Cephalopod

 

Cephalopod

I know how you tried to befuddle me
with that ten-legged head of yours—
 
how you thought you’d streak by
& ink me blind, but I see
 
how it is: I mean, once your penetrating-
obsidian eyes shone the ocean alive,
 
that cute little stunt of tucking back
your longest tentacles, as if you could

pass for being one of the girls, almost
like innocuous, trifling, bipedal me,
 
was glaringly obvious. I know your beak
was really poised from the start to strike—
 
to take my breath into your breath,
& crack open my sternum, & feast
 
on the still-thudding muscle inside me—
because motoring between my mere
 
two legs, primed to be torpedoed
with your mantle, until I tauten
 
like a caecum gorged on tiger prawns,
is the same jet-propulsion as yours
 
worked in reverse…

“Cephalopod” recently languished on a short list for an inordinate amount of time — poor guy — before ultimately being rejected, so I’ve just decided to share him! 

Dead Rose at 5 Points Local

I can’t begin to express how deeply soul-nurturing it is for me to collaborate with such an extraordinarily generous and brilliant man and poet as Robert Okaji!

O at the Edges

Dead Rose at 5 Points Local
(A collaborative poem written with Stephanie L. Harper)

Having plucked the disheveled
petals from the core,
she waits
for the dead to speak
of last week’s sweetness—

of damp upholstery
and worn-out shoes,
of locked chests
and the faint honey
of unrealized hope.

Magnetized,
I twist the stem;
I quarter the seeds and
blemish the plate.
Which north rings true?

Which faded-red
bridge reveals the lost
inner compass?
Our ice cubes clink
no answers, as the essences

of hibiscus, lavender,
and mint slip over my tongue,
concealing the cool
tang of her demurring
ghosts…

But when she says whisper,
touching her lips
with an index finger,
I hear distant trains
baying like wolves,

and smell the char of nights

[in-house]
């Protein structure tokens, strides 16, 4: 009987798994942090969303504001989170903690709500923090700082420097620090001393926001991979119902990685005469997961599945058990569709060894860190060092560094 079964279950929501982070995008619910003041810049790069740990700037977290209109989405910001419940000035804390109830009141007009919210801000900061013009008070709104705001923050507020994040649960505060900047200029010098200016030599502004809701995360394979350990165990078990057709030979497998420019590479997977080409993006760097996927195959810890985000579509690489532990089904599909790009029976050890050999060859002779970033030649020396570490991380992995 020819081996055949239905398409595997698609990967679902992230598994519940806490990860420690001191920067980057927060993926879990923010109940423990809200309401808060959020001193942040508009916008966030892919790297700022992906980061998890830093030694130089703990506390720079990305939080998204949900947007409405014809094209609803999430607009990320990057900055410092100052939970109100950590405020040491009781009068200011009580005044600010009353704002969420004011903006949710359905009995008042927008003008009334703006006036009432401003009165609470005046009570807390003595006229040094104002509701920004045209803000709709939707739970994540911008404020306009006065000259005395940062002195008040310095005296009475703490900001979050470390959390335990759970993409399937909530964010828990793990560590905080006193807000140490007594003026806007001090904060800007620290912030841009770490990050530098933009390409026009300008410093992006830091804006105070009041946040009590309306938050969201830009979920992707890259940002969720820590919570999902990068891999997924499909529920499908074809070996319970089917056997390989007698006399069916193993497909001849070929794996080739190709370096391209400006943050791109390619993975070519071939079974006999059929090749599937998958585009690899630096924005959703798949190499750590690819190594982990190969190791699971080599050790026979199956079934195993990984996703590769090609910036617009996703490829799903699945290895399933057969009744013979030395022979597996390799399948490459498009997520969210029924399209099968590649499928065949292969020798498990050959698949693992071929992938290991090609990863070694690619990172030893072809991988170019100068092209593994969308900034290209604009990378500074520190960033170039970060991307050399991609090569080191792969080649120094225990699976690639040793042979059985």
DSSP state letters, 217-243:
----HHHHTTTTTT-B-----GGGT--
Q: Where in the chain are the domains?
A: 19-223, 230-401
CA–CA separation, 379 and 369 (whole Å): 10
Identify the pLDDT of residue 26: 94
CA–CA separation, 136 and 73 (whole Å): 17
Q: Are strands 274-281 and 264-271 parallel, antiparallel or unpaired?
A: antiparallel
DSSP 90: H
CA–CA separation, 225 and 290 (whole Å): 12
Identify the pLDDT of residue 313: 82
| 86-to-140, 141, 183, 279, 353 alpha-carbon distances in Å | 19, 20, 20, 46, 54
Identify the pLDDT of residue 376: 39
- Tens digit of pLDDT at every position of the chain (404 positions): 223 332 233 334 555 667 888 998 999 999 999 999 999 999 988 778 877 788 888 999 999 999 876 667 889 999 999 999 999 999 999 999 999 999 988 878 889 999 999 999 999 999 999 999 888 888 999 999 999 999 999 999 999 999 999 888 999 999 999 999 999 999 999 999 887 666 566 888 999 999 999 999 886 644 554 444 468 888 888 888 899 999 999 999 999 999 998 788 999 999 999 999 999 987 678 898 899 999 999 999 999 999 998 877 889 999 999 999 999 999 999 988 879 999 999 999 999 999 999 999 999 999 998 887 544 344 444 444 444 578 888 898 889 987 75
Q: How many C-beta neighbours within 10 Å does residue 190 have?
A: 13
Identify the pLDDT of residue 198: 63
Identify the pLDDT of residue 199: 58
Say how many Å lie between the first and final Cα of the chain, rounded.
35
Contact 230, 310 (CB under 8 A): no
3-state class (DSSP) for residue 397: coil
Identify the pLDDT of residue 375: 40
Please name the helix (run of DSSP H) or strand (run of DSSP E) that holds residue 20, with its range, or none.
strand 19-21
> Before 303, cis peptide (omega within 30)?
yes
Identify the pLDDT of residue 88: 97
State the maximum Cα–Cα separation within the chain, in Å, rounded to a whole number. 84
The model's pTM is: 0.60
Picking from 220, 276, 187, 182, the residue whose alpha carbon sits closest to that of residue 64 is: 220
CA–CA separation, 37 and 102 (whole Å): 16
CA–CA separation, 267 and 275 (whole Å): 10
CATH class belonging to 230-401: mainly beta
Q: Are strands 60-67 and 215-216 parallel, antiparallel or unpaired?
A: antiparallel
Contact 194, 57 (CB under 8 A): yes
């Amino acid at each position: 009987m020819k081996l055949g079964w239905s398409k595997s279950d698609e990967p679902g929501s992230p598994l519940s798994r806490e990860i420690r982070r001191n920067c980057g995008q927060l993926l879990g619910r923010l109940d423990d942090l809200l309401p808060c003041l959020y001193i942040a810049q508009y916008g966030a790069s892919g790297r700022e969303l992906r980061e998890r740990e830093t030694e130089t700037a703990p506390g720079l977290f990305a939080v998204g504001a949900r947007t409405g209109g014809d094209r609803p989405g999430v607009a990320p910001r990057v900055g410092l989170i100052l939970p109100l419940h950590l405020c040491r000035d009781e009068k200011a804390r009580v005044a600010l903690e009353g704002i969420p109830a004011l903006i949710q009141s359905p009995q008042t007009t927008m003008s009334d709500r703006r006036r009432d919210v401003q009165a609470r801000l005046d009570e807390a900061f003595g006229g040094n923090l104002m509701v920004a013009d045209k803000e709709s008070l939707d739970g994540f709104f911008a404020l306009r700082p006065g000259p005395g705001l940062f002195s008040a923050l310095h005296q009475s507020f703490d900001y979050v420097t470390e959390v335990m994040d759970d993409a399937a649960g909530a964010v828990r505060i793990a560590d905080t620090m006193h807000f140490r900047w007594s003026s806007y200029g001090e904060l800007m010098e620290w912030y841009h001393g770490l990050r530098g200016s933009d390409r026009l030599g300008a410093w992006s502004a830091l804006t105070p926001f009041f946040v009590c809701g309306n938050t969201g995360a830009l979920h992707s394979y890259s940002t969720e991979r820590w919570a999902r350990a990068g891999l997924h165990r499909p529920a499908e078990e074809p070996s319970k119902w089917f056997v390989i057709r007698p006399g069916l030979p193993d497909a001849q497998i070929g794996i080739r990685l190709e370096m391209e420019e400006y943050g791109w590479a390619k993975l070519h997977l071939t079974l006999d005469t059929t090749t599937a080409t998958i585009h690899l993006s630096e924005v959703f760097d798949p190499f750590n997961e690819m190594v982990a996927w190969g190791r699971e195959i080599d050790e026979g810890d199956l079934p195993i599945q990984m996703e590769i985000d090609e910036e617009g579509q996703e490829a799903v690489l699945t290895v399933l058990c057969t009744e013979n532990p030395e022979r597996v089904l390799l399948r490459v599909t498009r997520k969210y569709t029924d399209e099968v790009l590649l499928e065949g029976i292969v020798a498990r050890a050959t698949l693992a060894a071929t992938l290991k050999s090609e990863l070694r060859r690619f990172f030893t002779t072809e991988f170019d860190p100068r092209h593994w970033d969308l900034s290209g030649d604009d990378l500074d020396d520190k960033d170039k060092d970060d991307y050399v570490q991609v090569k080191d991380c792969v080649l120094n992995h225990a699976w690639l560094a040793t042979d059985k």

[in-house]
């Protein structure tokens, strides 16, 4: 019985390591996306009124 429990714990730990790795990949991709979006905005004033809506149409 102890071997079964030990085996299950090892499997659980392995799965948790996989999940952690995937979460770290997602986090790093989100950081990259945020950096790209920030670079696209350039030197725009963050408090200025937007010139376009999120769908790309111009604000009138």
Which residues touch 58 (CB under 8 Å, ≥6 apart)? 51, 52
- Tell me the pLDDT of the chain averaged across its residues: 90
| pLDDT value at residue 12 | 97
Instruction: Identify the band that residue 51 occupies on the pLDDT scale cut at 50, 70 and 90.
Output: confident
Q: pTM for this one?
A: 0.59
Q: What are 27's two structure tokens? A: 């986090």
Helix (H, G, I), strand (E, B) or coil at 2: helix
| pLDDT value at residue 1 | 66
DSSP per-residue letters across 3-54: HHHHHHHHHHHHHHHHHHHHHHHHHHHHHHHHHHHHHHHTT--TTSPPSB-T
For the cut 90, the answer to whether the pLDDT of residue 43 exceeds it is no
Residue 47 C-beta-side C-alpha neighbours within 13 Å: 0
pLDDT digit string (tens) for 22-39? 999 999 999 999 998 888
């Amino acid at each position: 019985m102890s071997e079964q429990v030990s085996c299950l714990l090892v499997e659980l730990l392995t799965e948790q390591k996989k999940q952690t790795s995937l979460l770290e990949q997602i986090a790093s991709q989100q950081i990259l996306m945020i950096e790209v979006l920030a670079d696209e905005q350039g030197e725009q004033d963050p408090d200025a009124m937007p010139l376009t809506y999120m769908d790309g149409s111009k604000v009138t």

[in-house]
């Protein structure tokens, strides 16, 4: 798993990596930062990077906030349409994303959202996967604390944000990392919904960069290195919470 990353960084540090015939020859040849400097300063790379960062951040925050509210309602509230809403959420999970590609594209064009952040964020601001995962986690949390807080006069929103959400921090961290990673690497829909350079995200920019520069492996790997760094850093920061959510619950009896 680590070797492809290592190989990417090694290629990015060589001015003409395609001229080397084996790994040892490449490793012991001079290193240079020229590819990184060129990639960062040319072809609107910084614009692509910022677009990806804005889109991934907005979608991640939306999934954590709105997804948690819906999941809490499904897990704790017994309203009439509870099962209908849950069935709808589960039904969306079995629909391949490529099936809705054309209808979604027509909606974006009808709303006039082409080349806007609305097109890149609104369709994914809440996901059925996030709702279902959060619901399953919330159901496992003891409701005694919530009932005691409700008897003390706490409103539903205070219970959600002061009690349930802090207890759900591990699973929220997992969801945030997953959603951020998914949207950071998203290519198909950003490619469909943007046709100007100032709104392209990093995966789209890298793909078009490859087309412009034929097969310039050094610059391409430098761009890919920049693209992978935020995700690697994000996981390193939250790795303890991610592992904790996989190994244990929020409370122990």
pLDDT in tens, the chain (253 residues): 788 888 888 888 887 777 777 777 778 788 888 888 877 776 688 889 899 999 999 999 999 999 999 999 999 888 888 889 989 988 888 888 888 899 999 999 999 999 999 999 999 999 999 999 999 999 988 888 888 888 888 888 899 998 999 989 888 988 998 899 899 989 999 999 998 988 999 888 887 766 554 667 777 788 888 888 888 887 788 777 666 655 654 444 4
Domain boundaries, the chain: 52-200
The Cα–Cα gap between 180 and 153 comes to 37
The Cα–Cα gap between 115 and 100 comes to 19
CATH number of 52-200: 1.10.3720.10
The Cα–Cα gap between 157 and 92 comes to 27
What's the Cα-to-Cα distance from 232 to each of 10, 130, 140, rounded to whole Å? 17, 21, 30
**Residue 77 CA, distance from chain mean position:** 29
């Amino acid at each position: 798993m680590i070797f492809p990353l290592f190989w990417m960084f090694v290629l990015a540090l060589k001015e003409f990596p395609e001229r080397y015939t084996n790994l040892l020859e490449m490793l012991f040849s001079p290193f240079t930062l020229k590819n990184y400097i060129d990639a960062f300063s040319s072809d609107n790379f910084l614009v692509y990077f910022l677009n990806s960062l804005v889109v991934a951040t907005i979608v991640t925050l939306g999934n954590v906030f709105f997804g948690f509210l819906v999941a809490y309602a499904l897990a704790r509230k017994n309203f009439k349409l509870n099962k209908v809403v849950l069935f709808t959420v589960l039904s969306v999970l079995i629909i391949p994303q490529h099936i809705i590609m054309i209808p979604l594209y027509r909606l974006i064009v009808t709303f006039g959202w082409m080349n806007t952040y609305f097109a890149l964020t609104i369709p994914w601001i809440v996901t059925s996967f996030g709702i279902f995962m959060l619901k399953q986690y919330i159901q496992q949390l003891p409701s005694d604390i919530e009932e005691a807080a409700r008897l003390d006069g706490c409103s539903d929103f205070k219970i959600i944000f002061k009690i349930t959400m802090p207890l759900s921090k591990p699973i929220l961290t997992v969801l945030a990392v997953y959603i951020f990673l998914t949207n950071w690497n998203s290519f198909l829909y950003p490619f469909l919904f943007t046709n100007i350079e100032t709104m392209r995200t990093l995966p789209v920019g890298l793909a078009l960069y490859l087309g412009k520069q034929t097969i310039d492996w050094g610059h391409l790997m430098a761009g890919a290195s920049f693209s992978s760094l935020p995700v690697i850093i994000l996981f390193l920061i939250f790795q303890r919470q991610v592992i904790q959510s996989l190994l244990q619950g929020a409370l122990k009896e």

trailing the undiminished
river, its waters flowing
in every possible
direction, away.

* * *

“Dead Rose at 5 Points Local” first appeared in

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Review of Stephanie L. Harper’s The Death’s Head’s Testament

WOW!
The inimitably brilliant, insightful, and sensitive Daniel Paul Marshall has written a gorgeous review of my new chapbook, The Death’s-Head’s Testament! Please take a look, and consider pre-ordering a copy for just $6.50 each!

Daniel Paul Marshall

The Death’s Head’s
Testament

continues on from Stephanie’s previous book This
Being Done
& fortunate for us Stephanie is in the present progressive,
hammering out the dimensions of poems. The poems here continue to wade in the
difficulties of womanhood, family, child-rearing, love, life, memory &
death.

There
is wakeful invention, an intellectual alacrity, sure-footedness even on the
tremulous ground of the heart in the track of each advancing line. Something
common-place, is elevated to heightened importance if only for it being what it
is: a potential for articulation & loving.

Despite
the morbidity of the title, I hope (well-founded on the verve of being a
life-bringer & cultivator, which Stephanie wears unashamedly on her sleeve)
that Stephanie isn’t concerned as Roy Fisher expresses in Poplars that“I think I
am afraid of becoming a cemetery of performance.” Stephanie’s performance is to
be anticipated.

Stephanie sets off from a harbour in…